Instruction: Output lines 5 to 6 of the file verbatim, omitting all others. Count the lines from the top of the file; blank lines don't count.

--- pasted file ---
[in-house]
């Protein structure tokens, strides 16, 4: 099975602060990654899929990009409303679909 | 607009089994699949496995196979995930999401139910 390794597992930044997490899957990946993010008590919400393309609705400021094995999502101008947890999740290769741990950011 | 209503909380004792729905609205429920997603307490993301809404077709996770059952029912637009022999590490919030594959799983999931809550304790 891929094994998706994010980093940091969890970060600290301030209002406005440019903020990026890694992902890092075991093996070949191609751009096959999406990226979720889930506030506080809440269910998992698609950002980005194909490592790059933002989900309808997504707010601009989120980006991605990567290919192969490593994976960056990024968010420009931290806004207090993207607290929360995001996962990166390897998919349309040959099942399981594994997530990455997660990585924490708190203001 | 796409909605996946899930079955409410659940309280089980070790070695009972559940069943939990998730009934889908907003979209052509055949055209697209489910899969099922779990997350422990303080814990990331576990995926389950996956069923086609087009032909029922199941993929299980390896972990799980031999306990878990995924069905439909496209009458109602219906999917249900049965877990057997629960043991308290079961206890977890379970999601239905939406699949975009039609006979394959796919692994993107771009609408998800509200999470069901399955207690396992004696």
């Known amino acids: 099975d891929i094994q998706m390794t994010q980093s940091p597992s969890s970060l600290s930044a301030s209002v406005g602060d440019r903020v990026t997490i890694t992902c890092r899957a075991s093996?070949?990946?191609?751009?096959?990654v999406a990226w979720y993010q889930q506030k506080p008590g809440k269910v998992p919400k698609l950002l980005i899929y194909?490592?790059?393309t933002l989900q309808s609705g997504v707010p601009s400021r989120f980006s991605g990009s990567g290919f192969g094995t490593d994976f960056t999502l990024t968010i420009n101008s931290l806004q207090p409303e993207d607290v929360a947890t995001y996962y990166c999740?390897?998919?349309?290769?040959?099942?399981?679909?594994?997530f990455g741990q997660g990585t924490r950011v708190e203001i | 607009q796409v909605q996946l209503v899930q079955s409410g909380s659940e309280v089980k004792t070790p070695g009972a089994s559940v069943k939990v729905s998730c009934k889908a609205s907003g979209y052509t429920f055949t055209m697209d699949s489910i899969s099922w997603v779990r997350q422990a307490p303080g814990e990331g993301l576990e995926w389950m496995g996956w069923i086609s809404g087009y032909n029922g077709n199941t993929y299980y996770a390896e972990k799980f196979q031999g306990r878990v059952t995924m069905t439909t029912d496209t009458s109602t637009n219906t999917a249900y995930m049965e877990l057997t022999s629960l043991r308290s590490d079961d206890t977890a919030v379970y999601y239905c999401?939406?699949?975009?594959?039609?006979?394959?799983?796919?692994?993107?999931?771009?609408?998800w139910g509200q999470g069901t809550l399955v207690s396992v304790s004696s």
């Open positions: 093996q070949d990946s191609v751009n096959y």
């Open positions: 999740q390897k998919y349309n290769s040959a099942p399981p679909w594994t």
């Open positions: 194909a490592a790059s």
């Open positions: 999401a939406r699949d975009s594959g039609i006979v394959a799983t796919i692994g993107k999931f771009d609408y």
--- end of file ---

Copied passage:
């Open positions: 999740q390897k998919y349309n290769s040959a099942p399981p679909w594994t």
């Open positions: 194909a490592a790059s």